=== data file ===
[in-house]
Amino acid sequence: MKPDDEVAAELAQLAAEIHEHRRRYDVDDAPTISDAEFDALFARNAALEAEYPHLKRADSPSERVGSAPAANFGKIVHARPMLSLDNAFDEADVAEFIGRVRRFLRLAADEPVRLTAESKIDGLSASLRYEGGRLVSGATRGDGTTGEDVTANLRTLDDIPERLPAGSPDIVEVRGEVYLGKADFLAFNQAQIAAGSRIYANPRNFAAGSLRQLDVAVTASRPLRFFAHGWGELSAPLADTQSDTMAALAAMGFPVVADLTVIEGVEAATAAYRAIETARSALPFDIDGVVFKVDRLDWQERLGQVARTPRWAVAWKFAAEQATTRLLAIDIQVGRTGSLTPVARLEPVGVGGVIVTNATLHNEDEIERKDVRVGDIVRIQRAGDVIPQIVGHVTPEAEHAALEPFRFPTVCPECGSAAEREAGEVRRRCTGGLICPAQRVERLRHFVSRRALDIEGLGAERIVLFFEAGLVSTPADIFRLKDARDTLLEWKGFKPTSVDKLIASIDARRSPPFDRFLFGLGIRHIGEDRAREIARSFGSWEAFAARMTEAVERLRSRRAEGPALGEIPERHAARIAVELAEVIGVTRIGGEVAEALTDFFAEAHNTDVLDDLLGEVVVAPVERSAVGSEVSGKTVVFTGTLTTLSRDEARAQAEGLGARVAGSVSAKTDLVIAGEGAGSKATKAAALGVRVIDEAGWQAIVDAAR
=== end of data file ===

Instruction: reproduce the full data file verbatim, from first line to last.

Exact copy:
[in-house]
Amino acid sequence: MKPDDEVAAELAQLAAEIHEHRRRYDVDDAPTISDAEFDALFARNAALEAEYPHLKRADSPSERVGSAPAANFGKIVHARPMLSLDNAFDEADVAEFIGRVRRFLRLAADEPVRLTAESKIDGLSASLRYEGGRLVSGATRGDGTTGEDVTANLRTLDDIPERLPAGSPDIVEVRGEVYLGKADFLAFNQAQIAAGSRIYANPRNFAAGSLRQLDVAVTASRPLRFFAHGWGELSAPLADTQSDTMAALAAMGFPVVADLTVIEGVEAATAAYRAIETARSALPFDIDGVVFKVDRLDWQERLGQVARTPRWAVAWKFAAEQATTRLLAIDIQVGRTGSLTPVARLEPVGVGGVIVTNATLHNEDEIERKDVRVGDIVRIQRAGDVIPQIVGHVTPEAEHAALEPFRFPTVCPECGSAAEREAGEVRRRCTGGLICPAQRVERLRHFVSRRALDIEGLGAERIVLFFEAGLVSTPADIFRLKDARDTLLEWKGFKPTSVDKLIASIDARRSPPFDRFLFGLGIRHIGEDRAREIARSFGSWEAFAARMTEAVERLRSRRAEGPALGEIPERHAARIAVELAEVIGVTRIGGEVAEALTDFFAEAHNTDVLDDLLGEVVVAPVERSAVGSEVSGKTVVFTGTLTTLSRDEARAQAEGLGARVAGSVSAKTDLVIAGEGAGSKATKAAALGVRVIDEAGWQAIVDAAR